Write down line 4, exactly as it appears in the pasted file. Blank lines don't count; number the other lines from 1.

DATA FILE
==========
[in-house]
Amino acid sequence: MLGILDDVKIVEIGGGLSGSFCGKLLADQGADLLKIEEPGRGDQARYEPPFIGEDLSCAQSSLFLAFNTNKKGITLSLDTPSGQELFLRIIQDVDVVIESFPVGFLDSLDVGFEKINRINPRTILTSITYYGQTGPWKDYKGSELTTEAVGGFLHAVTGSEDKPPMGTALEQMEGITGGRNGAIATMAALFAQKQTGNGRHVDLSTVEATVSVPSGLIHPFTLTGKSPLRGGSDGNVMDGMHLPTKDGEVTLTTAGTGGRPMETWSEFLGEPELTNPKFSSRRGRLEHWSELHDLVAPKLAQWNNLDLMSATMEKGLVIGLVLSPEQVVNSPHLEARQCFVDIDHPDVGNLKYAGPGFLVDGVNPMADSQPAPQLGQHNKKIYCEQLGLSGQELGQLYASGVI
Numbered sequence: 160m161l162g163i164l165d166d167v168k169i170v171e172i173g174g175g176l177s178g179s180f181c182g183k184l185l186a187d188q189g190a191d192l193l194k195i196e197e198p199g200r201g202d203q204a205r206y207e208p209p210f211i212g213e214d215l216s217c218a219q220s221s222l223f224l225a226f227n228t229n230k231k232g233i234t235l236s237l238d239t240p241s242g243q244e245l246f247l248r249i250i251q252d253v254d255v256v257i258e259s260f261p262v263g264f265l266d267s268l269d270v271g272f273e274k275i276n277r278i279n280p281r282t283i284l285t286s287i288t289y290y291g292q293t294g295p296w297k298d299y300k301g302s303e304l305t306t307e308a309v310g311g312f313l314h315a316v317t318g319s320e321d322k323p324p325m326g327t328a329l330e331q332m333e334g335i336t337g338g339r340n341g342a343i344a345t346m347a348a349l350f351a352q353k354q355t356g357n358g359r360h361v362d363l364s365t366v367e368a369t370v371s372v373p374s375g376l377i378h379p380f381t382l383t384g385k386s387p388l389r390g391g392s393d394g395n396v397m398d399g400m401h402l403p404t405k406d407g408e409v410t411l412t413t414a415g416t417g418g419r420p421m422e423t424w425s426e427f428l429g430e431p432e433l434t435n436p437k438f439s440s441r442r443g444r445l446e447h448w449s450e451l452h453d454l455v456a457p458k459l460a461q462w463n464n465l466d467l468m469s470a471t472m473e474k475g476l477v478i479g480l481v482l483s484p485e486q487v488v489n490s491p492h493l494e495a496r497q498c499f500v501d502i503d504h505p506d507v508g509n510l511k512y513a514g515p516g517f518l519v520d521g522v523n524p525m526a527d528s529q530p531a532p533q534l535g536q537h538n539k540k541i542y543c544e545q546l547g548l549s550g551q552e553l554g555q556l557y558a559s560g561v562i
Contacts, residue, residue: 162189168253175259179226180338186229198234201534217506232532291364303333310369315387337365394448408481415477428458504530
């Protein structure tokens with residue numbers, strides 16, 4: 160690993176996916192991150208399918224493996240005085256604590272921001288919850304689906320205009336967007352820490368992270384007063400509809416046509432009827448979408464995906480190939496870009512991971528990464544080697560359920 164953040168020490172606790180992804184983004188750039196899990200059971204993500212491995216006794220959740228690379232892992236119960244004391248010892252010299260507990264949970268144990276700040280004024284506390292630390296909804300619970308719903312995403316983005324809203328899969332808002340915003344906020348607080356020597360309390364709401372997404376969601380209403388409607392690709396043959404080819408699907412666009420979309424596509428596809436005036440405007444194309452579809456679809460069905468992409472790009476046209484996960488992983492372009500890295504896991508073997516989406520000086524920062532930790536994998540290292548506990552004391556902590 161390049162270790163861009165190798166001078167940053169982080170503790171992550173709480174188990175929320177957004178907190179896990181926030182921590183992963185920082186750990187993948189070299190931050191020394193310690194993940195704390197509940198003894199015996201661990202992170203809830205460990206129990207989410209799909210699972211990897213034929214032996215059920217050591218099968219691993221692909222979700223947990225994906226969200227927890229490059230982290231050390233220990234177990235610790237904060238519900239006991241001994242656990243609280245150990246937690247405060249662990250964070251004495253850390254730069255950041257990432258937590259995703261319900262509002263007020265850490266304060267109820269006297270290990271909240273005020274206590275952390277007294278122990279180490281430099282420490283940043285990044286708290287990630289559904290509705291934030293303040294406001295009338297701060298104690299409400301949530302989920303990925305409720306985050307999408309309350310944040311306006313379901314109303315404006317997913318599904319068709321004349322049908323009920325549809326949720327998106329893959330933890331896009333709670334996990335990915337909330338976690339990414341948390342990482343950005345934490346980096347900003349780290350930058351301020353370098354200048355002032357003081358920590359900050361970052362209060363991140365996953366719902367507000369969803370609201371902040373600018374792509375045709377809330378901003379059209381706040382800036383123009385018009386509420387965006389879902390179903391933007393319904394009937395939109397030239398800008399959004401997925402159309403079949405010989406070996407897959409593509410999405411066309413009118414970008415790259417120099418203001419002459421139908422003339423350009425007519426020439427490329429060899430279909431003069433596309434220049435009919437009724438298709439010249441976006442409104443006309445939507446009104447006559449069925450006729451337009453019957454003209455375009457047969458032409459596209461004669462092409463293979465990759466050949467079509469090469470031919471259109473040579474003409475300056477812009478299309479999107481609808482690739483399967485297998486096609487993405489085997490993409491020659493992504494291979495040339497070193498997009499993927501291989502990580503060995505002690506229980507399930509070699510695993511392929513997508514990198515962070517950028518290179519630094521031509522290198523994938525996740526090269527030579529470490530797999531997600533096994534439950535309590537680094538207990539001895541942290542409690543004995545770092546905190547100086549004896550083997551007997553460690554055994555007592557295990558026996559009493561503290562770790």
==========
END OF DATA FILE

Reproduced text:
Contacts, residue, residue: 162189168253175259179226180338186229198234201534217506232532291364303333310369315387337365394448408481415477428458504530